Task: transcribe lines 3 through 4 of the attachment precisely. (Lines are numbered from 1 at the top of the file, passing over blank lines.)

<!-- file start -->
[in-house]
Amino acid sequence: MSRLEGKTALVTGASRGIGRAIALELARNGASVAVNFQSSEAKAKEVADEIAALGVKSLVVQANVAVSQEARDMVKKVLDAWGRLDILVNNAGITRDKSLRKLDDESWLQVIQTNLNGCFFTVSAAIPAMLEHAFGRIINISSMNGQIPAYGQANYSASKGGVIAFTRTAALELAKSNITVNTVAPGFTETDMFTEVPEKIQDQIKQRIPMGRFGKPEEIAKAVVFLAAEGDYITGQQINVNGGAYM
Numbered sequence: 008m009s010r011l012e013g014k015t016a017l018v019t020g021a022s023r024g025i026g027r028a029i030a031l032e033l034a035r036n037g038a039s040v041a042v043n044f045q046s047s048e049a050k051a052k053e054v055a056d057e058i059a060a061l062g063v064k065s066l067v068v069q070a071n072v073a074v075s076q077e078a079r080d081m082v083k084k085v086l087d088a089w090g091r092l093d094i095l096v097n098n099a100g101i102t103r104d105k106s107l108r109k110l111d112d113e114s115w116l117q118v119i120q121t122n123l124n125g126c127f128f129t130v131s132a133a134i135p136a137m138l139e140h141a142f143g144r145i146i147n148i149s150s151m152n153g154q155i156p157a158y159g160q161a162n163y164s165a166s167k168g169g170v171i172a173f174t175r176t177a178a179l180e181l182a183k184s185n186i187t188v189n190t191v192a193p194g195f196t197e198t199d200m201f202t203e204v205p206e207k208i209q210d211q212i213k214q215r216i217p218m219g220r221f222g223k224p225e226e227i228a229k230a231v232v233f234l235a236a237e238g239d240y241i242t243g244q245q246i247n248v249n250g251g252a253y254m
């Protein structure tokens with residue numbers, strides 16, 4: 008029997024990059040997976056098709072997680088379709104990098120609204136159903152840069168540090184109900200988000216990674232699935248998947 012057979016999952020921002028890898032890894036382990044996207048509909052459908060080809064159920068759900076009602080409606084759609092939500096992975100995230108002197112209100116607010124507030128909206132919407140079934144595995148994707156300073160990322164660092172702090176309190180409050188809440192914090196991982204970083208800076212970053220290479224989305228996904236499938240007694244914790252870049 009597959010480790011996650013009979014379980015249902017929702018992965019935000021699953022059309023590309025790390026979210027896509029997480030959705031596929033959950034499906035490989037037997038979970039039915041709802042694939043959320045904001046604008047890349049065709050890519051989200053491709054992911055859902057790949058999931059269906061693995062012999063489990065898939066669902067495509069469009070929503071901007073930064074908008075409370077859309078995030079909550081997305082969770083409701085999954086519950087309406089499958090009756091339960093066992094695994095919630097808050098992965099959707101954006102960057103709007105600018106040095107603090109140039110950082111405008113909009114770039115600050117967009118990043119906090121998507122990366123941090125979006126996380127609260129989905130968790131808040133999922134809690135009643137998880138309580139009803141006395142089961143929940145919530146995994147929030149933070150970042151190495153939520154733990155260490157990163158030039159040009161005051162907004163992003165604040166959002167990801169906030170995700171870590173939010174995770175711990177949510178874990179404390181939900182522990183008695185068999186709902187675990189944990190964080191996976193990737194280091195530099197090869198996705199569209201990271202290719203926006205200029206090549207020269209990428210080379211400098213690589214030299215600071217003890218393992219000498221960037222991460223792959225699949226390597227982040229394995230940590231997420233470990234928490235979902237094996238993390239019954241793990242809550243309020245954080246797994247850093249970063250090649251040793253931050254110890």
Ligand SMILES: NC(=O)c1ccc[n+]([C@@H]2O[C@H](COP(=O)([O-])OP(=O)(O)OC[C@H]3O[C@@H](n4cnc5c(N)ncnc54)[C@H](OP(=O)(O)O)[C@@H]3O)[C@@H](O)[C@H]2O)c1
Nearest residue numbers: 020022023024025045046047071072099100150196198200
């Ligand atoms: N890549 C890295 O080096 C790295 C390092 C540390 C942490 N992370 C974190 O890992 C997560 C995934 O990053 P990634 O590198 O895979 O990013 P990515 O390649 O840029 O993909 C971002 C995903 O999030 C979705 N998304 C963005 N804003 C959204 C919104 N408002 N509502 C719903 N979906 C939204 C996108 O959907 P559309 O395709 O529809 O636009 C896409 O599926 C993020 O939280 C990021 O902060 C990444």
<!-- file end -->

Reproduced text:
Numbered sequence: 008m009s010r011l012e013g014k015t016a017l018v019t020g021a022s023r024g025i026g027r028a029i030a031l032e033l034a035r036n037g038a039s040v041a042v043n044f045q046s047s048e049a050k051a052k053e054v055a056d057e058i059a060a061l062g063v064k065s066l067v068v069q070a071n072v073a074v075s076q077e078a079r080d081m082v083k084k085v086l087d088a089w090g091r092l093d094i095l096v097n098n099a100g101i102t103r104d105k106s107l108r109k110l111d112d113e114s115w116l117q118v119i120q121t122n123l124n125g126c127f128f129t130v131s132a133a134i135p136a137m138l139e140h141a142f143g144r145i146i147n148i149s150s151m152n153g154q155i156p157a158y159g160q161a162n163y164s165a166s167k168g169g170v171i172a173f174t175r176t177a178a179l180e181l182a183k184s185n186i187t188v189n190t191v192a193p194g195f196t197e198t199d200m201f202t203e204v205p206e207k208i209q210d211q212i213k214q215r216i217p218m219g220r221f222g223k224p225e226e227i228a229k230a231v232v233f234l235a236a237e238g239d240y241i242t243g244q245q246i247n248v249n250g251g252a253y254m
């Protein structure tokens with residue numbers, strides 16, 4: 008029997024990059040997976056098709072997680088379709104990098120609204136159903152840069168540090184109900200988000216990674232699935248998947 012057979016999952020921002028890898032890894036382990044996207048509909052459908060080809064159920068759900076009602080409606084759609092939500096992975100995230108002197112209100116607010124507030128909206132919407140079934144595995148994707156300073160990322164660092172702090176309190180409050188809440192914090196991982204970083208800076212970053220290479224989305228996904236499938240007694244914790252870049 009597959010480790011996650013009979014379980015249902017929702018992965019935000021699953022059309023590309025790390026979210027896509029997480030959705031596929033959950034499906035490989037037997038979970039039915041709802042694939043959320045904001046604008047890349049065709050890519051989200053491709054992911055859902057790949058999931059269906061693995062012999063489990065898939066669902067495509069469009070929503071901007073930064074908008075409370077859309078995030079909550081997305082969770083409701085999954086519950087309406089499958090009756091339960093066992094695994095919630097808050098992965099959707101954006102960057103709007105600018106040095107603090109140039110950082111405008113909009114770039115600050117967009118990043119906090121998507122990366123941090125979006126996380127609260129989905130968790131808040133999922134809690135009643137998880138309580139009803141006395142089961143929940145919530146995994147929030149933070150970042151190495153939520154733990155260490157990163158030039159040009161005051162907004163992003165604040166959002167990801169906030170995700171870590173939010174995770175711990177949510178874990179404390181939900182522990183008695185068999186709902187675990189944990190964080191996976193990737194280091195530099197090869198996705199569209201990271202290719203926006205200029206090549207020269209990428210080379211400098213690589214030299215600071217003890218393992219000498221960037222991460223792959225699949226390597227982040229394995230940590231997420233470990234928490235979902237094996238993390239019954241793990242809550243309020245954080246797994247850093249970063250090649251040793253931050254110890």